Much can be made of the concoction of ingredients that went into the aesthetic of Tears of the Black Tiger, but, in the end, exactly who is being paid homage becomes moot. Whatever the sources drawn on, Sasanatieng has made a film that feels like a weird relic from an indeterminate time and place, and it’s enough to just let the effect wash over you, without having to scrutinize its roots. Tears looks the way futuristic things looked in the past, and there is a surreal and intriguing quality to the way East and West tangibly intertwine before our eyes. Certainly, westerns and samurai films have always shared archetypes and plot lines (Seven Samurai becomes The Magnificent Seven), and the relationship between Asian and American action films has remained a symbiotic one (Scorsese’s The Departed is a remake of a Hong Kong crime thriller which had already been called Scorsese-esque), still it’s rare to see East collide with West so viscerally. Here are beautiful Thai men in clingy cowboy outfits riding horses and banding together for shootouts at the corral, all the while adhering to (or breaking) oaths sworn to one another in front of a shrine to Buddha; the mere idea of this visual marriage of Eastern and Western traditions becomes, along with the lush colors, another subconsciously erotic element of the film. Then there are the fluids. Tearsis nothing if not a wet movie, from backstabbing friend Mahasuang (Supakorn Kitsuwon), omnipresent dip in mouth, continually expectorating, to shot after shot of various eyes overflowing with shiny liquid, to streams of milky white steam slowly leaking out the ends of guns, to jets of blood shooting in every direction once a bullet finds its final destination, we see everything except, well, the flagrantly sexy juices. In fact, there are no sex scenes at all in the movie, just the suggestion of a husband taking his resistant wife by force on their wedding night. As mentioned before, Sasanatieng is taking what Haynes took out of Sirk’s closet, and putting it back in.
The acting is theatrical, and the dialogue often singsong, with the players over-enunciating and playing with the tonality of the Thai language. Sasanatieng has stated that he drew heavily on the tradition of Likay theater, a kind of minimal Thai folk performance still seen at fairs today. Aural details, such as Dum’s theme played on flute, then seamlessly taken over by harmonica when Rumpoey replaces his broken instrument with the gift of a mouth harp, repeatedly draw our attention away from the sumptuousness on screen, if only momentarily, and bring our focus to the soundtrack. One particular song, first heard as the accompaniment to an old-timey flashback to Dum and Rumpoey’s early childhood and initial flirtations, and later reprised in a near-Lynchian moment when a diffident singer reservedly croons at the reception of Rumpoey’s wedding to Dum’s rival, has stuck with me since I left the theater.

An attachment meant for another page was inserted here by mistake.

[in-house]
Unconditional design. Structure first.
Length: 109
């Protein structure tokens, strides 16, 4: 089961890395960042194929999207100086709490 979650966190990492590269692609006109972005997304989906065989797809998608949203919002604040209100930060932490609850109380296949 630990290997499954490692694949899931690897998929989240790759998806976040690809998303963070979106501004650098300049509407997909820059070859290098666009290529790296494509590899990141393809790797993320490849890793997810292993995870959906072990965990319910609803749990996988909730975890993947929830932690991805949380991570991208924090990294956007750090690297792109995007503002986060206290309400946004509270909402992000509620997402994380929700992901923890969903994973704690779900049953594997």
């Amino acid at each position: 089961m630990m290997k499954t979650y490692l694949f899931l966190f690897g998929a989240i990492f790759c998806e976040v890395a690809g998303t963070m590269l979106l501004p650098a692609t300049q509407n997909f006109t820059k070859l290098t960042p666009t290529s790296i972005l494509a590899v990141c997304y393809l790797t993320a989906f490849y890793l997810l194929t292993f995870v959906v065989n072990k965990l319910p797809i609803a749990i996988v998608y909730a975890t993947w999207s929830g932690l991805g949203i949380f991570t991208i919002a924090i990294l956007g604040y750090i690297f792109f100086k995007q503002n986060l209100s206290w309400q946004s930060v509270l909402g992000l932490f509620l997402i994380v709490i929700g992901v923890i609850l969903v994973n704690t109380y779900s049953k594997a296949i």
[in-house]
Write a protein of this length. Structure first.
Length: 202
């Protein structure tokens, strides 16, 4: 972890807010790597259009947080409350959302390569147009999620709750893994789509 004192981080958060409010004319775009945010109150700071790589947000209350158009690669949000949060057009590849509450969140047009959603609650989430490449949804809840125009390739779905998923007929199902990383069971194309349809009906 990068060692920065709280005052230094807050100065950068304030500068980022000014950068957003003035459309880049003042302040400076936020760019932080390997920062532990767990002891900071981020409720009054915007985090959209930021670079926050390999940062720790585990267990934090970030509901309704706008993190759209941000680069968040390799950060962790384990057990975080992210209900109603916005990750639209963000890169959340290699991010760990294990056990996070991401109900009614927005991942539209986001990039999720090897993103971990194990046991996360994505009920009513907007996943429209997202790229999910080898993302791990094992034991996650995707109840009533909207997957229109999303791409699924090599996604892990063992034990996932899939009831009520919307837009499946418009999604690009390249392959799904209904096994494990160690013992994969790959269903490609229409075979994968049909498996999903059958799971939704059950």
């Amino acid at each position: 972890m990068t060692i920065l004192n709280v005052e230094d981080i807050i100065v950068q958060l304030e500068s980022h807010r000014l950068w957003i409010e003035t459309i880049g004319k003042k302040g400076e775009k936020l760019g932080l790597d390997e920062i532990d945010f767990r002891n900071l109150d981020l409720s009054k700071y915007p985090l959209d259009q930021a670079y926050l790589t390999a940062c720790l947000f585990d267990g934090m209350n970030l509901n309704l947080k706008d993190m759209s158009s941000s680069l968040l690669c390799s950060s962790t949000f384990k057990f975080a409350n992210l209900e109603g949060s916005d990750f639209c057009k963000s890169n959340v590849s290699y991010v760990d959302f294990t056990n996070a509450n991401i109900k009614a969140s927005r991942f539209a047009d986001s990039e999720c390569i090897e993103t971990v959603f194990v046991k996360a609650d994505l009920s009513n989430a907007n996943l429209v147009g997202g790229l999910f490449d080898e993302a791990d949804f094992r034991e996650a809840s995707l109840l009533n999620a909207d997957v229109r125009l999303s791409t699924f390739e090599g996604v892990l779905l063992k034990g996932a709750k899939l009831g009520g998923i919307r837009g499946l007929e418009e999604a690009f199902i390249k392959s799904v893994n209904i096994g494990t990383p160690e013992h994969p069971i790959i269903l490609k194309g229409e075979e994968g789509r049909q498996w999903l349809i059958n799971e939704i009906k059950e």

Sasanatieng, an illustrator and animator, has done a great deal of commercial work in Thailand, and some of the painstakingly handcrafted feel of Tears of the Black Tiger comes through in ads made for jeans and soup. However, the trailer for his upcoming feature Citizen Dog hovers menacingly close to the wink-wink plastic cutesiness (complete with small CGI characters), of Jean-Pierre Jeunet, whose Amélie (released in France a year after Tears came out in Thailand), is similarly candy-coated, but in a way that rots your teeth. Sasanatieng’s directorial debut is tempered with the knowledge that, to cite the title of a Rattana Pestonji film, “Sugar Is Not Sweet,” and it is the specious nature of the melted sherbet images, the idea that something dark and complicated lies beneath, that keeps you on your toes. Regardless of the direction in which he is headed, Tears of the Black Tiger finds Wisit Sasanatieng at a moment in his artistic career when he is clever without being cloying. It’s a genuinely rare treat, an exquisite indulgence of the type that helps you live longer, like a daily glass of rich, yellow brandy and intricately decorated chocolate truffle.